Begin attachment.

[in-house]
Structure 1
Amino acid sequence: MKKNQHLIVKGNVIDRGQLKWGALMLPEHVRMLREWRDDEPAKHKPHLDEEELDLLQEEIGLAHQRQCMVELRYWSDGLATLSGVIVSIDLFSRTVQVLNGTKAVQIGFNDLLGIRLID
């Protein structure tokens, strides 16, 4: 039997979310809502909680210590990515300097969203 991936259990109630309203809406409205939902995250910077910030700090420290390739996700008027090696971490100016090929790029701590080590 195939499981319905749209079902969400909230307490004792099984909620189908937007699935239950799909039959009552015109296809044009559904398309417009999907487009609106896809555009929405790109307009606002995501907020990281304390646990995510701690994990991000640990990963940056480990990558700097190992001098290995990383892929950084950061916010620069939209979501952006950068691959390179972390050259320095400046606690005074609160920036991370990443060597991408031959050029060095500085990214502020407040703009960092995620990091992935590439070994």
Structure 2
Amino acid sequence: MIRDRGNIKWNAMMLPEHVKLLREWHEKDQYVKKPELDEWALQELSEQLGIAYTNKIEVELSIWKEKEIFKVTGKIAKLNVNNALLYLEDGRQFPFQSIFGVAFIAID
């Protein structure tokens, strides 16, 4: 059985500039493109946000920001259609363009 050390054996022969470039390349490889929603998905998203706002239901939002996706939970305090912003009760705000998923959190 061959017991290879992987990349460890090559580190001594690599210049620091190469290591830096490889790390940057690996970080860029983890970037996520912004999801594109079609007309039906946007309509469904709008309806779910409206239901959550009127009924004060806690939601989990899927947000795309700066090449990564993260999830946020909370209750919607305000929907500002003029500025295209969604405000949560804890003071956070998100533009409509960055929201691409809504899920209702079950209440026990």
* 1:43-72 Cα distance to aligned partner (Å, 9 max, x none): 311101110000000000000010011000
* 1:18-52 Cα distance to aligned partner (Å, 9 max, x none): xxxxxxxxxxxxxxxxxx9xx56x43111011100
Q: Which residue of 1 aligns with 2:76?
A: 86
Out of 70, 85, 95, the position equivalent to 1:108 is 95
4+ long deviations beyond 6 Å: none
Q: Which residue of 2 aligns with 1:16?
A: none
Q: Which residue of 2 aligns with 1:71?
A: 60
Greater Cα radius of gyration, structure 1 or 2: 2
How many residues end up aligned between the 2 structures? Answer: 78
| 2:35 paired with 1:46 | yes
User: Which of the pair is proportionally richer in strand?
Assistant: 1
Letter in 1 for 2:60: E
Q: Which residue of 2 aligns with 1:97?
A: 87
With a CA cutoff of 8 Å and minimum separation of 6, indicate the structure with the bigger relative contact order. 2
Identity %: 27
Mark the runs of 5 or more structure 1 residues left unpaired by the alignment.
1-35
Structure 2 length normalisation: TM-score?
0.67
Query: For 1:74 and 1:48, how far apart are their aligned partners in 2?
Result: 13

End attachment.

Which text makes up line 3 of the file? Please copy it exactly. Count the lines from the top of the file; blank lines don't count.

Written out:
Amino acid sequence: MKKNQHLIVKGNVIDRGQLKWGALMLPEHVRMLREWRDDEPAKHKPHLDEEELDLLQEEIGLAHQRQCMVELRYWSDGLATLSGVIVSIDLFSRTVQVLNGTKAVQIGFNDLLGIRLID